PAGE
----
In three months, he has gone from planning a trip to Spain — where he lived in the 1990s — to struggling to navigate the present to worrying about the future — Israel intends to extend the war in its current form until at least February. “What awaits me when the war is over? Living on the street: without money, without work, without a house, without furniture, without clothes... without anything at all,” he says.
Ten to a home
The mayor of Gaza City, Yahya Sarraj, is also still in the north. He explains that many families are squeezed into houses that are just a few square meters in size. Some of them used to live in buildings that have now been destroyed. Others come from homes that are still standing, but have lost their exterior walls or windows, so the cold creeps in. “Here the community is used to supporting each other in difficult times. A small house can now accommodate several families. To make it easier, they sometimes separate women and children in a room; and men and boys, in another. Each one can fit about 10 people or more,” says Sarray, who was appointed mayor by the Hamas government in 2019.
Searching for basic necessities are part of the routine for survival. “People spend a lot of time looking for water. They fill large plastic drums and carry them for a long time to their home, or whatever can be considered their home or refuge.” It’s the same process to refill a butane cylinder. “There is very little. Sometimes they wait for hours to end up coming back with just a little bit.” Almost no one can transport them by car, due to the lack of fuel. Israel is only allowing limited amounts of fuel, at the request of the United States, to enter the south. “So people either walk, or ride a bicycle, or take it by cart,” he points out.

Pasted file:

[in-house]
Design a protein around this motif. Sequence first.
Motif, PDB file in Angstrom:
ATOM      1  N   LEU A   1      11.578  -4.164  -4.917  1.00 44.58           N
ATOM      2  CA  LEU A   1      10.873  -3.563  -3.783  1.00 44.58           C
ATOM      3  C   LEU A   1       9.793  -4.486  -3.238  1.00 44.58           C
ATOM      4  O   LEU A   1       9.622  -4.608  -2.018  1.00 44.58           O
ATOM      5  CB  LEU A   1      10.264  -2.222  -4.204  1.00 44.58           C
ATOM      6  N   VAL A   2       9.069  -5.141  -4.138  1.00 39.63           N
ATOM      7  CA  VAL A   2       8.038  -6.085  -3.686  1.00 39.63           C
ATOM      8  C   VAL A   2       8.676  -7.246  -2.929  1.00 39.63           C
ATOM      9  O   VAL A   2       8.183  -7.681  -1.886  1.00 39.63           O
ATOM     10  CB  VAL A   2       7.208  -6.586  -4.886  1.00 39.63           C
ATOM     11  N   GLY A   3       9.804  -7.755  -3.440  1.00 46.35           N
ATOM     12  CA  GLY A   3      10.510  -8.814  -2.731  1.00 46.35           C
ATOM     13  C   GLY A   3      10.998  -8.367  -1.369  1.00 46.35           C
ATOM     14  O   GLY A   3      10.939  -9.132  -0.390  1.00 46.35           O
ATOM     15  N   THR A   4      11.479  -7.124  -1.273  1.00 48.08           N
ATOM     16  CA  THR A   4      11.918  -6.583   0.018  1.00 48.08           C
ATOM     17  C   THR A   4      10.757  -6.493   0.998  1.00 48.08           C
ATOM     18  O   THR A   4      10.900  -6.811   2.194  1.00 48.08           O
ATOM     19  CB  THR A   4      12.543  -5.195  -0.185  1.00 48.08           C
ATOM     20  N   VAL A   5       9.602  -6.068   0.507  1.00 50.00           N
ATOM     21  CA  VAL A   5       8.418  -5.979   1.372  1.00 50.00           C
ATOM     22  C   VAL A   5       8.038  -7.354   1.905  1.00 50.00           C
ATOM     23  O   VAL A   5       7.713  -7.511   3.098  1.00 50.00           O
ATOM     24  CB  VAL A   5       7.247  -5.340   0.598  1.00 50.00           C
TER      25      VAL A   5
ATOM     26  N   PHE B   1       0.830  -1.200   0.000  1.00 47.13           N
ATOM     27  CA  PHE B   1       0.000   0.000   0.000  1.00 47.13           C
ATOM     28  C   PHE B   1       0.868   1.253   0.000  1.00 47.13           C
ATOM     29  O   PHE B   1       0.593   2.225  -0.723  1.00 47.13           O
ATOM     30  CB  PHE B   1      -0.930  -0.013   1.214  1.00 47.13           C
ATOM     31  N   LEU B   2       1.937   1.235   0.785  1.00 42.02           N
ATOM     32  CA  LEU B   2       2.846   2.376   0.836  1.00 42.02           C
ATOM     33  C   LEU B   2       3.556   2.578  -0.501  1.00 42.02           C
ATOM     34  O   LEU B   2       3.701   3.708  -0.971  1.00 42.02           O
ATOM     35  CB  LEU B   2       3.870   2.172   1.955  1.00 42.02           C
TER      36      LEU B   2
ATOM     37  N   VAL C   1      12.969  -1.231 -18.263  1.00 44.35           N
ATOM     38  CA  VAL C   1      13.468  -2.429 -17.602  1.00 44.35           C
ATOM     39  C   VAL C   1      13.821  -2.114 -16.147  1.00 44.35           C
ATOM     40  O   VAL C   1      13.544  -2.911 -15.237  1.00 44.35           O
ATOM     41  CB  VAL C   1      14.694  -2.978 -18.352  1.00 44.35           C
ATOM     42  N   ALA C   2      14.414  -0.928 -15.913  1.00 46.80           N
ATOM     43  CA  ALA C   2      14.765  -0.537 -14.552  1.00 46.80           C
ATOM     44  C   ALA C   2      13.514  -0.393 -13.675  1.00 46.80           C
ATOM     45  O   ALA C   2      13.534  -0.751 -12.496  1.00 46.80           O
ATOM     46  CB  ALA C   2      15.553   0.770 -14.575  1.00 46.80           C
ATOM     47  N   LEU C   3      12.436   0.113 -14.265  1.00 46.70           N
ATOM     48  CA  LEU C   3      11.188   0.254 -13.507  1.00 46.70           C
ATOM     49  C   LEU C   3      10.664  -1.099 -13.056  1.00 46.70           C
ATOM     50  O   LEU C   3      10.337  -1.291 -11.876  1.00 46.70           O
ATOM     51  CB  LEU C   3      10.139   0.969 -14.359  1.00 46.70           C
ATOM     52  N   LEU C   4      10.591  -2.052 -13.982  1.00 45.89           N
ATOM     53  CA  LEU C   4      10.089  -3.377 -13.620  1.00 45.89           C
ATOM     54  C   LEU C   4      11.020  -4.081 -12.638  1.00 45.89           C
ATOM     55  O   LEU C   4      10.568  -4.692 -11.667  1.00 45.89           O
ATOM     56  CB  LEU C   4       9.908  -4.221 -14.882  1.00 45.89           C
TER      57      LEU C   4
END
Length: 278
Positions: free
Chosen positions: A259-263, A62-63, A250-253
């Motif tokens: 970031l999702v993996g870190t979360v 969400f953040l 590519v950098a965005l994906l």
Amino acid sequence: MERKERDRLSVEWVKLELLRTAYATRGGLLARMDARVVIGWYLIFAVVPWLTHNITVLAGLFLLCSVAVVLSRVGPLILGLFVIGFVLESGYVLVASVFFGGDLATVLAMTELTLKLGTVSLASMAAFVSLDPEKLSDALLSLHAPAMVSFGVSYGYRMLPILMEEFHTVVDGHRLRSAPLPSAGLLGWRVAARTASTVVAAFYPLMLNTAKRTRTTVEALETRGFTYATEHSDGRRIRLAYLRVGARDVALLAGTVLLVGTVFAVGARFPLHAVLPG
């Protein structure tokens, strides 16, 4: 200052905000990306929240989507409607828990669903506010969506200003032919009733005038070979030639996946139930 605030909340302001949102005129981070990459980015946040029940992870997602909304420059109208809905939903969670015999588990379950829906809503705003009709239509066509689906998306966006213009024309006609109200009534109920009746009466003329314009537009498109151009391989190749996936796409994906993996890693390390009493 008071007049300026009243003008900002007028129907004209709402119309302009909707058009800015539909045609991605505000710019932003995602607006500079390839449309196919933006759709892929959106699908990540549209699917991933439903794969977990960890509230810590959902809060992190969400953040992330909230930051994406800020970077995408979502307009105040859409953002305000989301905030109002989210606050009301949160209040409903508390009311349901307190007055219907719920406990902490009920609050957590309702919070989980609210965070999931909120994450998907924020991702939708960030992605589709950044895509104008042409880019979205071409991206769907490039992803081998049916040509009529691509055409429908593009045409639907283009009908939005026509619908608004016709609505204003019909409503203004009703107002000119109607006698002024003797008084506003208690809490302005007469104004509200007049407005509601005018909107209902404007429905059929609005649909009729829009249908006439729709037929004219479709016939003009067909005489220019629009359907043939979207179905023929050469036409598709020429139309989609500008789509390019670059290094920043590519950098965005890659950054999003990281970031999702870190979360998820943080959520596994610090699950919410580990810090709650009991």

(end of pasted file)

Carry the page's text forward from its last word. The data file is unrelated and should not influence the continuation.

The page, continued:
Many people are in shelters, such as schools, public spaces or churches (Gaza City is home to a small Christian community, of about 1,000 people), he explains. “But those places are not completely safe either. And they don’t have enough bathrooms or hot water. And if someone gets sick, it is very difficult for them to have somewhere to go,” he adds.
The sick may have once considered going to the Al Awda hospital, in Jabalia, but Israeli troops have surrounded it since December 5, and two health workers have already died, according to the World Health Organization. The center is sheltering about 250 people (including patients, staff and displaced people) who do not dare leave. One of them, Mohamed Salha, says in a voice message that the Israeli snipers shoot at the windows, so they have moved to the basements and inner corridors. In the hospital, he says, there is still the body of a person who was killed on the first day of the siege. “It is a woman who accompanied her sister-in-law to the maternity ward,” says Salha, who records his messages in the most protected part of the hospital, and fearfully goes up to send them.